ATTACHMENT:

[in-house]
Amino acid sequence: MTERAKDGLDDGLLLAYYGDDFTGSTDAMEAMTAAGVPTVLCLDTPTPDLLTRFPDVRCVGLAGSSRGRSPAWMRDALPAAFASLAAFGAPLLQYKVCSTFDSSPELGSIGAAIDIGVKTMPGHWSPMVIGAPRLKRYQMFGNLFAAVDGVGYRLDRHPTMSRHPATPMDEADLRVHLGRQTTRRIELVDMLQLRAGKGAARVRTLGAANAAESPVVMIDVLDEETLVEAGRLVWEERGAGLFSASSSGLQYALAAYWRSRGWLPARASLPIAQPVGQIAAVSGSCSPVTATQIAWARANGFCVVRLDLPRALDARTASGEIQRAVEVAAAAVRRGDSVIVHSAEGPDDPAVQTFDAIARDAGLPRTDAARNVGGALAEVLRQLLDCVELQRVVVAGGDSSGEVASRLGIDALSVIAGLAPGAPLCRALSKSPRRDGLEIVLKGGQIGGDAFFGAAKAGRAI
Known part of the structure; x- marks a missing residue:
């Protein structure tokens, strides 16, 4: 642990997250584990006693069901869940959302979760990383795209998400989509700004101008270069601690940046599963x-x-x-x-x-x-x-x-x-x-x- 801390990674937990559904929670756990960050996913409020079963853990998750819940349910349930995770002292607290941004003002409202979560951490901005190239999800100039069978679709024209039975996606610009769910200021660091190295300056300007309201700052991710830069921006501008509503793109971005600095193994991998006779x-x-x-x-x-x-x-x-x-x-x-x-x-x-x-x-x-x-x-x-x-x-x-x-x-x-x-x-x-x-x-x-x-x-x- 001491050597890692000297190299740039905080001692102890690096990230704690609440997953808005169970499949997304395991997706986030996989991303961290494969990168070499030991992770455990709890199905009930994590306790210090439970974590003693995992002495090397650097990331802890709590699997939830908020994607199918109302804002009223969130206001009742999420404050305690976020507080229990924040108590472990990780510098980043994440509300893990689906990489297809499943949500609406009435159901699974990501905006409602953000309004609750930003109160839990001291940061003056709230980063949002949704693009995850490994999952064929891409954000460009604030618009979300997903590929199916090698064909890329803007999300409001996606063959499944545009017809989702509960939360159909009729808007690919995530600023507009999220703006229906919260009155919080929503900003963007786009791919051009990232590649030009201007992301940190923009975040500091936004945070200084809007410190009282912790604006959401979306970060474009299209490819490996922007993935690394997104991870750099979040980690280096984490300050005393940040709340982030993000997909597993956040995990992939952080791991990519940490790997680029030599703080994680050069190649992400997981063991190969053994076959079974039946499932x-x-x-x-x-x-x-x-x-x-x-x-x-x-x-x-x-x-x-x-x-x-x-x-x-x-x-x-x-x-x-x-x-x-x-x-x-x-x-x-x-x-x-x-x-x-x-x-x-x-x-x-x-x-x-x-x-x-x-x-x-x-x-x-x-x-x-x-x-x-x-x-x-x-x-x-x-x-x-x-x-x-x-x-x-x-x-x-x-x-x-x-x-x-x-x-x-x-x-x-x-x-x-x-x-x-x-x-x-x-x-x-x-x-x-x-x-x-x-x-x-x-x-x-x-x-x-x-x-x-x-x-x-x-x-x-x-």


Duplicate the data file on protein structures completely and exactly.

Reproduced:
[in-house]
Amino acid sequence: MTERAKDGLDDGLLLAYYGDDFTGSTDAMEAMTAAGVPTVLCLDTPTPDLLTRFPDVRCVGLAGSSRGRSPAWMRDALPAAFASLAAFGAPLLQYKVCSTFDSSPELGSIGAAIDIGVKTMPGHWSPMVIGAPRLKRYQMFGNLFAAVDGVGYRLDRHPTMSRHPATPMDEADLRVHLGRQTTRRIELVDMLQLRAGKGAARVRTLGAANAAESPVVMIDVLDEETLVEAGRLVWEERGAGLFSASSSGLQYALAAYWRSRGWLPARASLPIAQPVGQIAAVSGSCSPVTATQIAWARANGFCVVRLDLPRALDARTASGEIQRAVEVAAAAVRRGDSVIVHSAEGPDDPAVQTFDAIARDAGLPRTDAARNVGGALAEVLRQLLDCVELQRVVVAGGDSSGEVASRLGIDALSVIAGLAPGAPLCRALSKSPRRDGLEIVLKGGQIGGDAFFGAAKAGRAI
Known part of the structure; x- marks a missing residue:
């Protein structure tokens, strides 16, 4: 642990997250584990006693069901869940959302979760990383795209998400989509700004101008270069601690940046599963x-x-x-x-x-x-x-x-x-x-x- 801390990674937990559904929670756990960050996913409020079963853990998750819940349910349930995770002292607290941004003002409202979560951490901005190239999800100039069978679709024209039975996606610009769910200021660091190295300056300007309201700052991710830069921006501008509503793109971005600095193994991998006779x-x-x-x-x-x-x-x-x-x-x-x-x-x-x-x-x-x-x-x-x-x-x-x-x-x-x-x-x-x-x-x-x-x-x- 001491050597890692000297190299740039905080001692102890690096990230704690609440997953808005169970499949997304395991997706986030996989991303961290494969990168070499030991992770455990709890199905009930994590306790210090439970974590003693995992002495090397650097990331802890709590699997939830908020994607199918109302804002009223969130206001009742999420404050305690976020507080229990924040108590472990990780510098980043994440509300893990689906990489297809499943949500609406009435159901699974990501905006409602953000309004609750930003109160839990001291940061003056709230980063949002949704693009995850490994999952064929891409954000460009604030618009979300997903590929199916090698064909890329803007999300409001996606063959499944545009017809989702509960939360159909009729808007690919995530600023507009999220703006229906919260009155919080929503900003963007786009791919051009990232590649030009201007992301940190923009975040500091936004945070200084809007410190009282912790604006959401979306970060474009299209490819490996922007993935690394997104991870750099979040980690280096984490300050005393940040709340982030993000997909597993956040995990992939952080791991990519940490790997680029030599703080994680050069190649992400997981063991190969053994076959079974039946499932x-x-x-x-x-x-x-x-x-x-x-x-x-x-x-x-x-x-x-x-x-x-x-x-x-x-x-x-x-x-x-x-x-x-x-x-x-x-x-x-x-x-x-x-x-x-x-x-x-x-x-x-x-x-x-x-x-x-x-x-x-x-x-x-x-x-x-x-x-x-x-x-x-x-x-x-x-x-x-x-x-x-x-x-x-x-x-x-x-x-x-x-x-x-x-x-x-x-x-x-x-x-x-x-x-x-x-x-x-x-x-x-x-x-x-x-x-x-x-x-x-x-x-x-x-x-x-x-x-x-x-x-x-x-x-x-x-």